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  1. bananaskin
    Issues arise as City Council looks at new state law

    Greg Goldfogel is trying to do everything possible to legally manufacture marijuana-infused products under city and state law.
    The Denver restaurateur has until the end of the month to turn in his license application to the city to remain a legal “infused products manufacturer.” There’s only one problem; the city doesn’t have an application for infused products manufacturers, yet he would be operating illegally starting July 1 if he doesn’t turn in the non-existent application.
    “We take this very seriously as people who not only want to operate in the city of DenverÉbut we want to do it completely legally,” said Goldfogel, who got into the medical marijuana business after his restaurant, Alto, shut down because of the recession. “Basically I’m in a Catch-22.”
    Denver City Council yesterday began the process of trying to rectify House Bill 1284, the comprehensive medical marijuana bill signed into law this month, with the medical marijuana regulation ordinance they passed at the beginning of the year. There are numerous differences between the city and state law, ranging from who can operate a medical marijuana center to where the centers can be located.
    And while Denver City Council has plenty of time to work out most of the kinks between state and local laws, they likely have less than two weeks to figure out what to do about the infused products manufacturers who must turn in an application that doesn’t exist by July 1.
    For his part, Denver Assistant City Attorney David Broadwell acknowledged the problem facing people like Goldfogel, though he offered no easy answers. Denver City Councilman Chris Nevitt suggested that city council could quickly write a piece of regulation that would give some safe harbor to those manufacturers trying to file the proper paperwork and operate legally. But Broadwell doubted that city action would do any good since it’s state law, which trumps city law, requiring the July 1 deadline.

    Long process
    Yesterday’s safety committee kicked off the long and involved process that will see Denver City Council trying to implement HB 1284 into city law.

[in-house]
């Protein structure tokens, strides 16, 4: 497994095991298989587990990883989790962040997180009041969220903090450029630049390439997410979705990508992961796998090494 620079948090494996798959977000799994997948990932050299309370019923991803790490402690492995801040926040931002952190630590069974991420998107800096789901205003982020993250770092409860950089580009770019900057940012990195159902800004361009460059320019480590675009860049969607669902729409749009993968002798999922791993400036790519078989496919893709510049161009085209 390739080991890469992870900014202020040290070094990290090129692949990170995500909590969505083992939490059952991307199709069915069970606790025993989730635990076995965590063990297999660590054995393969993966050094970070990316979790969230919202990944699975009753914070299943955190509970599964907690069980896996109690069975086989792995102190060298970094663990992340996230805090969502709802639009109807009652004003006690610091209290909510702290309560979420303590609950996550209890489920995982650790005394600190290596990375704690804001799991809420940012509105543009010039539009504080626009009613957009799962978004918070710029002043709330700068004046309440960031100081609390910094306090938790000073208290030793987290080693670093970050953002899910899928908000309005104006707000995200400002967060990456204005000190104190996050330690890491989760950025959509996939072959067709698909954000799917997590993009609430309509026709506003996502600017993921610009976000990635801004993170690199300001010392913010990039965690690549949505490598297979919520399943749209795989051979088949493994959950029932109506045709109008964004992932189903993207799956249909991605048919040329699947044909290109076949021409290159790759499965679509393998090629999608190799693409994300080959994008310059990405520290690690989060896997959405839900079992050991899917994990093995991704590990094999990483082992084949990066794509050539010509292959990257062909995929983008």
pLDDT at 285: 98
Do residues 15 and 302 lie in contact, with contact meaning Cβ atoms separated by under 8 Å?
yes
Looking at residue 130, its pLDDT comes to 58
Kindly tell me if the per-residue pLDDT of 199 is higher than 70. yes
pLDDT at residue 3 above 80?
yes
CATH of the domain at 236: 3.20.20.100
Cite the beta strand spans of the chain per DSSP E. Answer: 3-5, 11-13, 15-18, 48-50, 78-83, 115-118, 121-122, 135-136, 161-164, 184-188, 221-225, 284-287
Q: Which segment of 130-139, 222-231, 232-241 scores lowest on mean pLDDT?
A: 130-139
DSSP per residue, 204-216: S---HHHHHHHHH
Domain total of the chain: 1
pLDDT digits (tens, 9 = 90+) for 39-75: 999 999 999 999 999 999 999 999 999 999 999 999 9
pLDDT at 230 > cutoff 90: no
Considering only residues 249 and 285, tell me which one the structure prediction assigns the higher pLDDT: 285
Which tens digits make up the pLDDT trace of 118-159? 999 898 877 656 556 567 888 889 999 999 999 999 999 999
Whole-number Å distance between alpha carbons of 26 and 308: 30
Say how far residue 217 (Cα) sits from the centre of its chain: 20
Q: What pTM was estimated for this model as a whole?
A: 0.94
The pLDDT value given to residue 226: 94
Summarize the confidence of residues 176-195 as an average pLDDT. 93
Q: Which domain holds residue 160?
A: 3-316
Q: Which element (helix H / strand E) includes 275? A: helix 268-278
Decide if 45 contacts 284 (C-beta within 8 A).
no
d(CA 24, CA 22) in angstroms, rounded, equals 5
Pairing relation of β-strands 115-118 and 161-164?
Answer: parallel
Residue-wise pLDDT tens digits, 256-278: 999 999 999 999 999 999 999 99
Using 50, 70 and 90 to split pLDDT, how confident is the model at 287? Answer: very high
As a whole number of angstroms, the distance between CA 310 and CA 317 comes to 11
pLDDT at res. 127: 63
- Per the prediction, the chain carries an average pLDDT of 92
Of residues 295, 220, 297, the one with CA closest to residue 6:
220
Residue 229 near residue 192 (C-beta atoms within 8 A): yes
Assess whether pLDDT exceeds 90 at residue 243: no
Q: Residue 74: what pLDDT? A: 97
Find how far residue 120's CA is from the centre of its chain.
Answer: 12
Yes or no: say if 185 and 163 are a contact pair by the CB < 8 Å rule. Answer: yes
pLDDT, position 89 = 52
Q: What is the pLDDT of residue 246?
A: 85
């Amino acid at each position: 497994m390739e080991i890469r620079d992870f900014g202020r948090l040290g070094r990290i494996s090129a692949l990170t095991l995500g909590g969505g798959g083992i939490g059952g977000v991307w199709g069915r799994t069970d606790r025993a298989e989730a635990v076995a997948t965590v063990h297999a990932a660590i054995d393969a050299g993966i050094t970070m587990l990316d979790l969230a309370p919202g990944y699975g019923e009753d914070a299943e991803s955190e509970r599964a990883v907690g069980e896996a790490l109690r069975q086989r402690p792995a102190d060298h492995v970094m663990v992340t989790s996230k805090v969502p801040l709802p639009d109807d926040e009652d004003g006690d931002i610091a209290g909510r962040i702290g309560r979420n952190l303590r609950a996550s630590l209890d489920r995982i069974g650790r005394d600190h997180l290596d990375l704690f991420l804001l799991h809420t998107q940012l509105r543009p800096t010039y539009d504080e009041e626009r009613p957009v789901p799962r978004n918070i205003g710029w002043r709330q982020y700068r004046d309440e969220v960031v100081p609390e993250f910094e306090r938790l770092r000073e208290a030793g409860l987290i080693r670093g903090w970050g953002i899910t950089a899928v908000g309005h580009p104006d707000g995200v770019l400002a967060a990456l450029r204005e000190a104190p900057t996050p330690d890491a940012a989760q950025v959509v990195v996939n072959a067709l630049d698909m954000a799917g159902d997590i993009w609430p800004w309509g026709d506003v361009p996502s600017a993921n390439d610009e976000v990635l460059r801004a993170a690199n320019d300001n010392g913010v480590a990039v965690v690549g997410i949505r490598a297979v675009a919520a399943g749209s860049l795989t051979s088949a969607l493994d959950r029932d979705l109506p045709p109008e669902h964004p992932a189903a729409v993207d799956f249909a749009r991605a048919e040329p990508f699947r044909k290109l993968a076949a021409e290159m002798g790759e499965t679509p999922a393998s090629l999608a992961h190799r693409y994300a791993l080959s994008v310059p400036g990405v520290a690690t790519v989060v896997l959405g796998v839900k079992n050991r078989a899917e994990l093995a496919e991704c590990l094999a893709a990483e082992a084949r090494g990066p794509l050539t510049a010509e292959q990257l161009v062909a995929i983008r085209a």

HB 1284 differentiates between medical marijuana centers and caregivers, who are protected by the constitution under Amendment 20. City law is based on the assumption that caregivers and centers are the same. Other notable differences between city and state law that city council must eventually address are:
    Ą Location of grow operations Ń HB 1284 allows marijuana to be grown at a second location outside of the center, while city ordinance requires the marijuana to be grown on site or adjacent to the center;
    Ą Location of centers Ń City ordinance requires dispensaries to be 1,000 feet from another center, which HB 1284 doesn’t address. However, HB 1284 requires centers to be located far away from drug treatment facilities and college campuses, which city ordinance doesn’t address;
    Ą Licensee requirements Ń HB 1284 places more limitations on who can operate a center, including requiring owners to be a Colorado residents for several years;
    HB 1284 allows Denver City Council to choose whether they want to follow state law with the location of grow operations, centers, and requirements for licensees. But city council has no say on the July 1 application deadline. “The industry already understands that it’s going to be operating in somewhat in a gray area for some time,” said Nevitt, who later added, “This will always be gray, but lets make it as white as possible.”

    Gene Davis, DDN Staff Writer
    Thursday, June 17, 2010



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